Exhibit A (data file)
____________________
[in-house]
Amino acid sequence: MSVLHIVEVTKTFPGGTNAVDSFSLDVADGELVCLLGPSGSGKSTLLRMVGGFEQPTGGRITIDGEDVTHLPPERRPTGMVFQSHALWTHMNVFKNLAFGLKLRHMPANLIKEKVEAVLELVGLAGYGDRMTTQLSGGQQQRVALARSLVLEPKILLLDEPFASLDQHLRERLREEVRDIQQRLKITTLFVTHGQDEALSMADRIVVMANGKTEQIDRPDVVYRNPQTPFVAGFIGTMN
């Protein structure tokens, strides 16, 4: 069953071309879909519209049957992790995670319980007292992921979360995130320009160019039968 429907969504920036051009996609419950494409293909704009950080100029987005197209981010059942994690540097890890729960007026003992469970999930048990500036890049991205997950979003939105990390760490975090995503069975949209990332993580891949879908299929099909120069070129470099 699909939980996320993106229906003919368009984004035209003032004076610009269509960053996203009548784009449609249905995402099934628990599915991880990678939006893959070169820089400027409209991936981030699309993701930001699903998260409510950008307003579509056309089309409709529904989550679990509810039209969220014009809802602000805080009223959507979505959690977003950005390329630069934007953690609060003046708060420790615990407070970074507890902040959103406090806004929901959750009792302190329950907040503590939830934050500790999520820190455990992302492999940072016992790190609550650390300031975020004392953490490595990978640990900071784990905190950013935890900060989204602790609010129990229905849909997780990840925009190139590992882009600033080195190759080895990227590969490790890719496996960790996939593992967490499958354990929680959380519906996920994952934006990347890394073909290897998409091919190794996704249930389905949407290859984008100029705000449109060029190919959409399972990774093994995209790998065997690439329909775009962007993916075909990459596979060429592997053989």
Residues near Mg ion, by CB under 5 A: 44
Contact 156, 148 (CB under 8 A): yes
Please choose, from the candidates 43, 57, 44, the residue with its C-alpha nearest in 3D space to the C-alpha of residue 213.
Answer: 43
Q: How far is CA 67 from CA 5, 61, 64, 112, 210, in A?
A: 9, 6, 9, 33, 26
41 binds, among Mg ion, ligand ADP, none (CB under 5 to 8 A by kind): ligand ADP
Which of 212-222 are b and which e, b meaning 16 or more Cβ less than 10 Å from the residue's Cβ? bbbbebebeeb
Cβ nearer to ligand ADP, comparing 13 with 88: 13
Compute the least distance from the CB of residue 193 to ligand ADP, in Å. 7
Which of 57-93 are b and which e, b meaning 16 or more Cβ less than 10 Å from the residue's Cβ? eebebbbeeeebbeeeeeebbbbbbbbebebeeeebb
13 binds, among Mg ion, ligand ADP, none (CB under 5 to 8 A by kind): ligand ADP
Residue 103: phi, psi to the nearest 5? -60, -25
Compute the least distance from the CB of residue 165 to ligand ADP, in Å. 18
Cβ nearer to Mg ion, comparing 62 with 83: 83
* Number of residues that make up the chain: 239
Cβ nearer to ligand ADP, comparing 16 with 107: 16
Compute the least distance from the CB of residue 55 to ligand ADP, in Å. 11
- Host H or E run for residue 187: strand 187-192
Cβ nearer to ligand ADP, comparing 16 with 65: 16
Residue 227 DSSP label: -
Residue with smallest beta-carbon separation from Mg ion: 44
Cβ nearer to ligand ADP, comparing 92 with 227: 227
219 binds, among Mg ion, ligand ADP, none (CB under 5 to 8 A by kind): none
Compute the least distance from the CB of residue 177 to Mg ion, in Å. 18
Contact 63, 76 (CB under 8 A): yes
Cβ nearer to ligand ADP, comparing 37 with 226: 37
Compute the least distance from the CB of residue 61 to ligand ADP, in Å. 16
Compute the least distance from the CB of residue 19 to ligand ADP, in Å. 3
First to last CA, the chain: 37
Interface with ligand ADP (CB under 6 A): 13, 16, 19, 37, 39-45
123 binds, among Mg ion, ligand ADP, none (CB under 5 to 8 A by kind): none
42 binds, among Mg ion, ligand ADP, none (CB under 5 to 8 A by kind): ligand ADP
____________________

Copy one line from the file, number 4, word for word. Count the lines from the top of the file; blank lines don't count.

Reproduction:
Residues near Mg ion, by CB under 5 A: 44